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Ash dieback plan can ‘restore eroded confidence’ in forestry

Ash dieback plan

Ash dieback plan can ‘restore eroded confidence’ in forestry

The Ash Dieback Action Plan, which received cabinet approval today (Tuesday, April 30) is a “positive step” to restoring the “eroded confidence” of farmers in forestry, according to one senator.

Tim Lombard said that the supports announced today may be a “catalyst to drive the Forestry Programme forward”.

A €5,000/ha payment will be provided to affected forest owners, separate from the clearing and replanting grants.

That payment, officially called a ‘Climate Action Performance Payment’ (CAPP) will be made available to all forest owners who have, or will, “fully engage” with the Department of Agriculture, Food and the Marine’s ash dieback schemes to clear sites and carry out replanting.

Additionally, the department has confirmed that there will be a 100% increase in the site clearance grant rate, from €1,000 to €2,000, under the Forestry Programme. Enhanced replanting grant rates have also been announced, with approximately 20% additional funding available, depending on forest types.

Lombard, the vice-chairperson of the Joint Oireachtas Committee on Agriculture, Food and the Marine, said: “The committee has pushed hard for a resolution for impacted farmers and I’m pleased that we finally have a significant package in place.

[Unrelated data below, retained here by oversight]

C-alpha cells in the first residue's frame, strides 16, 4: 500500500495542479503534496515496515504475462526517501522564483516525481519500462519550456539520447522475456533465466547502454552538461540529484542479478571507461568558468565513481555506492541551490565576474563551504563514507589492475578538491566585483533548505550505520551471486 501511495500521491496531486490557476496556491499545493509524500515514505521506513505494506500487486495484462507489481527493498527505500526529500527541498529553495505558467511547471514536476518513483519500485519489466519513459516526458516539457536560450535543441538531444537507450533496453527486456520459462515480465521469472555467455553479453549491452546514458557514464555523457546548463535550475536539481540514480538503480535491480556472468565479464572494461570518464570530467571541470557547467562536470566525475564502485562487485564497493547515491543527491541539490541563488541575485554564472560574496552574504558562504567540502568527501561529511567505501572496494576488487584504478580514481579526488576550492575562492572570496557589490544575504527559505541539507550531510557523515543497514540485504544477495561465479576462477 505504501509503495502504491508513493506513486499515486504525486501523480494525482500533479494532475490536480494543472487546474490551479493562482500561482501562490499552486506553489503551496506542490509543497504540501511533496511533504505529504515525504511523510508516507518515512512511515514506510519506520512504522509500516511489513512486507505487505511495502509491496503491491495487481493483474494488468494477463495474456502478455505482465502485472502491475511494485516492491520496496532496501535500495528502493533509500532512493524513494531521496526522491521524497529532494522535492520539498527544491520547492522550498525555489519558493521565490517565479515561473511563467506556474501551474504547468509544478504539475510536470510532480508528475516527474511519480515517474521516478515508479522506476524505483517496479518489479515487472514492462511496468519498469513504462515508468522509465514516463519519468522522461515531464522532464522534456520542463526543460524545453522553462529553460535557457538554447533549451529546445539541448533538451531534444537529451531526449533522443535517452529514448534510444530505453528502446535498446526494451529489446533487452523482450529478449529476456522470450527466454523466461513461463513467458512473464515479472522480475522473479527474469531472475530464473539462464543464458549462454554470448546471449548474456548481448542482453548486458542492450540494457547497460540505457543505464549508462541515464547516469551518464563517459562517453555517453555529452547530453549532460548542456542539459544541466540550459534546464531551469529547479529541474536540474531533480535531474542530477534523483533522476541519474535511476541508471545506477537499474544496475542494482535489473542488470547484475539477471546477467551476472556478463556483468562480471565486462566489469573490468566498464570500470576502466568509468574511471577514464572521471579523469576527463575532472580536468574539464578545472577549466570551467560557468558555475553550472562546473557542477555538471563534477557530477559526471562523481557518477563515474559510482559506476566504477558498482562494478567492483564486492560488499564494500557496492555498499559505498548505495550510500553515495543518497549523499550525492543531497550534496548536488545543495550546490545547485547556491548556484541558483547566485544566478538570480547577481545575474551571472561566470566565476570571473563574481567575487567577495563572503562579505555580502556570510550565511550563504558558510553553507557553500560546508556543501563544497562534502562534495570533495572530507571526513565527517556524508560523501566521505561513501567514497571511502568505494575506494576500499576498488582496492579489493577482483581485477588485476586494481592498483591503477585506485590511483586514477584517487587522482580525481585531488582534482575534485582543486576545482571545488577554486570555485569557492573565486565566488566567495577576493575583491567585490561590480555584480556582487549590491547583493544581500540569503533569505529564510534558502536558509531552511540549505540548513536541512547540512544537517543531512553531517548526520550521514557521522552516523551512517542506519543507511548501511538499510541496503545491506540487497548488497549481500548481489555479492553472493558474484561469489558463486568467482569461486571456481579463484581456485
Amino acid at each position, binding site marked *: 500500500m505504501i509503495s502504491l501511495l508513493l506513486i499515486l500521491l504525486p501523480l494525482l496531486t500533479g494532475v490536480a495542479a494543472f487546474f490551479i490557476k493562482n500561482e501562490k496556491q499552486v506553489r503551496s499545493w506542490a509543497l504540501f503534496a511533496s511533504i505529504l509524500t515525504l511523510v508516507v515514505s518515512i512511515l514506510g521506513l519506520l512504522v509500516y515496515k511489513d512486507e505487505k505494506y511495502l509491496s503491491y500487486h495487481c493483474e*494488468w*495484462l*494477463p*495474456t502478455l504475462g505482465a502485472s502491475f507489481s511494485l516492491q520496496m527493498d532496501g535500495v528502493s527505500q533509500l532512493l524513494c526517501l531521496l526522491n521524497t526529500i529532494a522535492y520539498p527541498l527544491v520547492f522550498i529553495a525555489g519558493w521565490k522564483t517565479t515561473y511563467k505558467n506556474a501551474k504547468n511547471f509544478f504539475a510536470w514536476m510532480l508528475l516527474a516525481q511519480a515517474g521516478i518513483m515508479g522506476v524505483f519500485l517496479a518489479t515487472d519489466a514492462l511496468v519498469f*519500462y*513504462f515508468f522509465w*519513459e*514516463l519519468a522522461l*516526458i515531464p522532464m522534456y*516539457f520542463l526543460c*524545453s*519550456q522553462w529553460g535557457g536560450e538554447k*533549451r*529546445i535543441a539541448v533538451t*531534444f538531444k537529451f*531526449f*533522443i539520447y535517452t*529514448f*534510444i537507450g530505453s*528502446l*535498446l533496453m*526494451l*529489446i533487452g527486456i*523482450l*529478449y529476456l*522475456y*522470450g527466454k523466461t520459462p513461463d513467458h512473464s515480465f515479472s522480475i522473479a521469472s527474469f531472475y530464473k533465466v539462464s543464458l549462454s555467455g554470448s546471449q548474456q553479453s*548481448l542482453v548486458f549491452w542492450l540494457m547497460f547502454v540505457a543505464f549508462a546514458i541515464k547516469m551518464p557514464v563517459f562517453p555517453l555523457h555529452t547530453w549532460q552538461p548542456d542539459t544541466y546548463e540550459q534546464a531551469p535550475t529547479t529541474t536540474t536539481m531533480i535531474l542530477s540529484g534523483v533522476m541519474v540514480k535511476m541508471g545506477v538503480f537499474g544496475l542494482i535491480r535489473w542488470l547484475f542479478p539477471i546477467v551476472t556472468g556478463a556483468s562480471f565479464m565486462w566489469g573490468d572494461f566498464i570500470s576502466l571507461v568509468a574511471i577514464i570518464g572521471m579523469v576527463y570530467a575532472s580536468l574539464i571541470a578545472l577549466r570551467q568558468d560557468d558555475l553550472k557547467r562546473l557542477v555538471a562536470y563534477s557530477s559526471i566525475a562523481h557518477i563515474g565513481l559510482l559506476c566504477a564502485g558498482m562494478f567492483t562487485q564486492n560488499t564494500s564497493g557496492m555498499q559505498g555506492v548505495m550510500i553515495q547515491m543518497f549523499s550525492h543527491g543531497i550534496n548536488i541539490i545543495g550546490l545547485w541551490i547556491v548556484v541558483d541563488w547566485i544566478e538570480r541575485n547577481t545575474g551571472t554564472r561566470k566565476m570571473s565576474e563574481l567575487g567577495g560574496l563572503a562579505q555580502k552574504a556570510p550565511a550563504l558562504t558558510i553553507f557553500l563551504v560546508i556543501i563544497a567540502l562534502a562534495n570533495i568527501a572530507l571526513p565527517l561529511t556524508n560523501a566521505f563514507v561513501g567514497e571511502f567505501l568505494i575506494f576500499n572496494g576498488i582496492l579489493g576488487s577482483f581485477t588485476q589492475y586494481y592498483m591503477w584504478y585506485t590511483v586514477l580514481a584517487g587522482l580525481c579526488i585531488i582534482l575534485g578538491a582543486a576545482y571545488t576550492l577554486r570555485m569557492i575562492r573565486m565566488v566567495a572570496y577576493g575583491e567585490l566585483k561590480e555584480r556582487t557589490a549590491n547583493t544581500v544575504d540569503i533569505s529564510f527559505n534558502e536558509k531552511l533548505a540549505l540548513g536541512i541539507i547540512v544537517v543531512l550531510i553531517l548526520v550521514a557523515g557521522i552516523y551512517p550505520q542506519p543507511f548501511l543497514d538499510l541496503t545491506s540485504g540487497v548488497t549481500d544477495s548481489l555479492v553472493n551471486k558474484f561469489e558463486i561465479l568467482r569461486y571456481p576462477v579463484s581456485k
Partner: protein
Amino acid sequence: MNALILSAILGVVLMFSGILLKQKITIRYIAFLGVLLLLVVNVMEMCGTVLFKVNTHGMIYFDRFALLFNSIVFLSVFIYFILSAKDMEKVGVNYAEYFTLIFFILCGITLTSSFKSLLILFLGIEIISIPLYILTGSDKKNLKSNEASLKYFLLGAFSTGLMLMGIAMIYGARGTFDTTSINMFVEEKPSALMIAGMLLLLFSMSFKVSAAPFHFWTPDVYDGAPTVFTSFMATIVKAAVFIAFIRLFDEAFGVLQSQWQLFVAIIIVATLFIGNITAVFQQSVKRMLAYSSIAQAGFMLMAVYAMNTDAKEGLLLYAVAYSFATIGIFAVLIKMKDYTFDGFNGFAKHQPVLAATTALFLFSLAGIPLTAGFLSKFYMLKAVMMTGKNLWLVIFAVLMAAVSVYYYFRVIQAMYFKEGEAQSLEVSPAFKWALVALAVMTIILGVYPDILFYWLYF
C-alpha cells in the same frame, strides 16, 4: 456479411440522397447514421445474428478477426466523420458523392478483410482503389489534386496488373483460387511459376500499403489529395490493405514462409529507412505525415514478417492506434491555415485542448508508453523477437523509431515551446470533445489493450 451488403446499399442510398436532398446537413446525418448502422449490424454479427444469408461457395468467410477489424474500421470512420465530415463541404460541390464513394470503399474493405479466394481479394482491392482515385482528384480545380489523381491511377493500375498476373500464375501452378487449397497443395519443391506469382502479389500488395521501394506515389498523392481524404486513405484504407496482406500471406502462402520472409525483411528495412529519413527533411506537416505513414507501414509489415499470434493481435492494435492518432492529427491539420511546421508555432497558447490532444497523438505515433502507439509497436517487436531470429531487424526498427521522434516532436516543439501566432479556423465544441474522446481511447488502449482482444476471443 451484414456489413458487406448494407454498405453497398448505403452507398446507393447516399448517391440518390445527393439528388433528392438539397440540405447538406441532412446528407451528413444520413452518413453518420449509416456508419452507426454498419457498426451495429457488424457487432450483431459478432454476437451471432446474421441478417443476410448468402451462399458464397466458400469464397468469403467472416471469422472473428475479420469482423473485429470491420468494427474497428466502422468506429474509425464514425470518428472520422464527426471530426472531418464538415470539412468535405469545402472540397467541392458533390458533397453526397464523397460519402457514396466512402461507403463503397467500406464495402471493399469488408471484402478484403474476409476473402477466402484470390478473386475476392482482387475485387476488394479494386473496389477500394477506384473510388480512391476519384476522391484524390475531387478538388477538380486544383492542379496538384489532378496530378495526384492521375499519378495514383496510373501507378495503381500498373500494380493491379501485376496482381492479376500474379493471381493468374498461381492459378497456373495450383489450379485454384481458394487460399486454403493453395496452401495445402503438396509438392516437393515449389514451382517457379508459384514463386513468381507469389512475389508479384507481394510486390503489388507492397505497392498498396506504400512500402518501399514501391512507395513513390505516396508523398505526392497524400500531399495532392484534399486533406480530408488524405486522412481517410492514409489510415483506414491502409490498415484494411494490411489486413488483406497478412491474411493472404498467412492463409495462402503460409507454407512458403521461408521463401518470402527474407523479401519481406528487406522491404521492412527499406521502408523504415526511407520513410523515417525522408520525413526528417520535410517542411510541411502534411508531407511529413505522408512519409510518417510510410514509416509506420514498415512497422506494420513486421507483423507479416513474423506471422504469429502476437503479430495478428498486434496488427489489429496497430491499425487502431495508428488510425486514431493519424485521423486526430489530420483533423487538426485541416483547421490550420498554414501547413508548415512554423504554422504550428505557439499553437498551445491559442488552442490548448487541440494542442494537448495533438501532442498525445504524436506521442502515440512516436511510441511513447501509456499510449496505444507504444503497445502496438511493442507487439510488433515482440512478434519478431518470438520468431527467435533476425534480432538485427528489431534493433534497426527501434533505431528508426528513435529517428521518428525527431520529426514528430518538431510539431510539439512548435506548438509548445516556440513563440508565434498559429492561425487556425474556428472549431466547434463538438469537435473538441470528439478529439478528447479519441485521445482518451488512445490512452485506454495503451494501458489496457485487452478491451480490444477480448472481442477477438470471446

“We’ve seen the impact of ash dieback in plantations across the country. We all have neighbours hit by this. It’s been horrendous for those farmers affected,” he added.

“As much as anything, this has been a drain on their mental health, having to stand by and watch trees slowly die on their land.”

Lombard said that the affected forest owners have been “in limbo” for over 10 years.

The support package announced this week is a long time coming and badly needed,” he said.

The Fine Gael agriculture spokesperson added: “Farmers’ confidence in forestry has been eroded and these supports are a positive step forward in restoring confidence. Farm forestry can be an attractive additional option for farmers.

“I would hope that this might be the catalyst to drive the new Forestry Programme forward now,” Lombard commented.

However, other reactions to the action plan were more mixed, with the Irish Farmers’ Association (IFA) saying that the payment “in no way compensates farmers for the financial loss incurred or the emotional toll the disease has taken on them and their families”.

IFA forestry chair Jason Fleming acknowledged that it is the first time that farmers’ financial loss is recognised and that, for some, the payment will provide some financial relief.

The IFA forestry chair said that farmers are waiting to see the terms and conditions attached to the payment, as “a lot of unanswered questions remain”.


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